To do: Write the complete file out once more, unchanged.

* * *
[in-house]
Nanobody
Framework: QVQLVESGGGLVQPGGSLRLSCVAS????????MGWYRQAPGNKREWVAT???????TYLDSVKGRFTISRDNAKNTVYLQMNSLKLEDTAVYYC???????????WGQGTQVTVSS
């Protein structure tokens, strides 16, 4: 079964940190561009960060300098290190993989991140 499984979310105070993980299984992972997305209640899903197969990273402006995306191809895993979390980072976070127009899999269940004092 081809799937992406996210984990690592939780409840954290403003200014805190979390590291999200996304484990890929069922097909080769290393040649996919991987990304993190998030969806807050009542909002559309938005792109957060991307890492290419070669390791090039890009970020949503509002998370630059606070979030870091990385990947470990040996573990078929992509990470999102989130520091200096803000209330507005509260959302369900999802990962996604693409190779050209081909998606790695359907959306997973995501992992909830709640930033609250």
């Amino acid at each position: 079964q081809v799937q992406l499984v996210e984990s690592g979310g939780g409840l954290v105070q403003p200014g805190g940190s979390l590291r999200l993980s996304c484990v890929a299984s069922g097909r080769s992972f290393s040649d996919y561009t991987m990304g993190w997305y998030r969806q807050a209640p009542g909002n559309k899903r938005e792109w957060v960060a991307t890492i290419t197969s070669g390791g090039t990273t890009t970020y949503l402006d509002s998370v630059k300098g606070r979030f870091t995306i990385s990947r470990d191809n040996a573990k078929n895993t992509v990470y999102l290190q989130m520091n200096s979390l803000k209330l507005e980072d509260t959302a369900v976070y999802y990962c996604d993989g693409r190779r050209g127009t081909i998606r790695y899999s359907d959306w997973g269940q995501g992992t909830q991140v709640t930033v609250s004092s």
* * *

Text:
[in-house]
Nanobody
Framework: QVQLVESGGGLVQPGGSLRLSCVAS????????MGWYRQAPGNKREWVAT???????TYLDSVKGRFTISRDNAKNTVYLQMNSLKLEDTAVYYC???????????WGQGTQVTVSS
């Protein structure tokens, strides 16, 4: 079964940190561009960060300098290190993989991140 499984979310105070993980299984992972997305209640899903197969990273402006995306191809895993979390980072976070127009899999269940004092 081809799937992406996210984990690592939780409840954290403003200014805190979390590291999200996304484990890929069922097909080769290393040649996919991987990304993190998030969806807050009542909002559309938005792109957060991307890492290419070669390791090039890009970020949503509002998370630059606070979030870091990385990947470990040996573990078929992509990470999102989130520091200096803000209330507005509260959302369900999802990962996604693409190779050209081909998606790695359907959306997973995501992992909830709640930033609250």
């Amino acid at each position: 079964q081809v799937q992406l499984v996210e984990s690592g979310g939780g409840l954290v105070q403003p200014g805190g940190s979390l590291r999200l993980s996304c484990v890929a299984s069922g097909r080769s992972f290393s040649d996919y561009t991987m990304g993190w997305y998030r969806q807050a209640p009542g909002n559309k899903r938005e792109w957060v960060a991307t890492i290419t197969s070669g390791g090039t990273t890009t970020y949503l402006d509002s998370v630059k300098g606070r979030f870091t995306i990385s990947r470990d191809n040996a573990k078929n895993t992509v990470y999102l290190q989130m520091n200096s979390l803000k209330l507005e980072d509260t959302a369900v976070y999802y990962c996604d993989g693409r190779r050209g127009t081909i998606r790695y899999s359907d959306w997973g269940q995501g992992t909830q991140v709640t930033v609250s004092s």